‘Can I claim compensation for unfair dismissal?’

Employees can claim up to up to three months’ salary if it is found that they were arbitrarily terminated

The compensation for arbitrary dismissal is up to three months’ salary. Getty
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My employer terminated me from service in August 2021. Despite repeated requests, they did not provide me with a list of reasons for termination in writing as per Articles 102 and 120 of the UAE Labour Law.

I was served a letter of termination, citing “administrative reasons”. The experience certificate issued to me was sub-standard and incomplete. My employer told me verbally that I had done something wrong and that’s why I was terminated.

Surely the company was in violation of the Labour Law by not offering me a chance to respond to the allegations? That means my termination was arbitrary and I believe I deserve three months’ salary as compensation.

I was paid my end-of-service gratuity, leave salary and pay for the notice period, but there was no extra compensation. Can I make a claim against the company? QI, Dubai

QI sent me copies of the termination letter and experience certificate. The termination letter is a little vague and I would have expected a better reason for dismissal, but the company has followed the law in all other respects.

QI is referring to clauses in the old Labour Law as his termination took place before the new Labour Law came into effect on Feburary 2, 2022. Article 102 refers to disciplinary rules and Article 120 cites reasons to terminate employment immediately, without notice, for wrongdoing of some kind.

If an employee was dismissed in accordance with Article 120, they would not have been paid for the notice period and their gratuity would have been forfeited. Given the payments made to QI, it is clear that his termination does not fall under Article 120 of the old Labour Law.

If QI did something wrong, and assuming the employer could have terminated him under Article 120, the company has behaved fairly by paying him in accordance with standard provisions under the law.

While the employer could have offered a clear reason for termination in writing, it did not act unfairly, and I don’t believe that QI has a case for arbitrary dismissal.

The compensation for arbitrary dismissal is up to three months’ salary and QI has already received a payment for a one-month notice period. He could claim up to two months’ salary if there was a valid case.

The labour court will also question why QI did not make a claim sooner as more than eight months have passed since the termination. Under UAE law, labour claims have a limitation period of one year.

When QI was issued the experience certificate, the old Labour Law, Federal Law No 8 of 1980, was in force.

The employer shall give the worker, upon the request thereof and at the end of his contract, a certificate of end-of-service gratis in which the date of commencement and termination of the employment, the total duration of employment, the type of work performed, the last paid wage and supplements, if any, shall be mentioned,” according to Article 125 of the old labour law.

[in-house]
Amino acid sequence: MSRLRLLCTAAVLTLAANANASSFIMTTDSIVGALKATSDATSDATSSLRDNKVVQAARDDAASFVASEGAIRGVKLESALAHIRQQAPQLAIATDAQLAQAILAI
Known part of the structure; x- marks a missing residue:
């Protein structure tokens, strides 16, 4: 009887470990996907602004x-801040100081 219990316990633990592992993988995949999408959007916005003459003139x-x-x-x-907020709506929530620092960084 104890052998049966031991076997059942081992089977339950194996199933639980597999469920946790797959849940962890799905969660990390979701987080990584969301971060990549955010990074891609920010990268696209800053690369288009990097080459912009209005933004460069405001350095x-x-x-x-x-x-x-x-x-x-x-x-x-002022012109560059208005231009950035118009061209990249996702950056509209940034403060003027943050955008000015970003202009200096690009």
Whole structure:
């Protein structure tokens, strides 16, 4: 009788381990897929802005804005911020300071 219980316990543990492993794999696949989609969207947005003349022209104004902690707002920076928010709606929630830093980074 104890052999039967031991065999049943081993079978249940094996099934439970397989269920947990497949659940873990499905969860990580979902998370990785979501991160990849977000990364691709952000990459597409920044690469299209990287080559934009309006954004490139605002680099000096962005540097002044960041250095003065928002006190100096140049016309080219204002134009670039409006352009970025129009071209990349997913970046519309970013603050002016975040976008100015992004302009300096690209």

The experience certificate issued to QI did not mention a salary, but that is the only detail missing. It is written in a way that does not harm his future job prospects.

I work for a local company and am leaving Dubai in June. I will have worked there for nine months in June.

The employer is now asking for me to repay my recruitment fees in cash. I believe this is illegal, but do not want to deal with a lawsuit days before I leave.

What are my legal options? TR, Dubai

TR is right that the employer is not permitted to pass on any fees or charges incurred while hiring an employee, whether for the visa, work permit or recruitment charges.

Such a clause will never be added in the official employment contract lodged with the Ministry of Human Resources and Emiratisation (MoHRE) as it is not permitted.

This has always been the case. It was previously clarified in Ministerial Order 52 of 1989 and has now been included in the new Labour Law.

“The employer is prohibited from charging the worker for the fees and costs of recruitment and employment or collecting them from him, whether directly or indirectly,” according to Article 6, clause 4 of the Labour Law.

The company in question is subject to this law. I suggest that TR point this out to them in the hope that the person she is dealing with is not fully aware of this clause.

If the employer insists on trying to reclaim this cost, TR can register a case against them with MoHRE, who will back her claim. She can either telephone them on 80060, or use the online chat function on the website.

Keren Bobker is an independent financial adviser and senior partner with Holborn Assets in Dubai, with more than 25 years’ experience. Contact her at keren@holbornassets.com. Follow her on Twitter at @FinancialUAE

The advice provided in our columns does not constitute legal advice and is provided for information only

Updated: May 22, 2022, 5:00 AM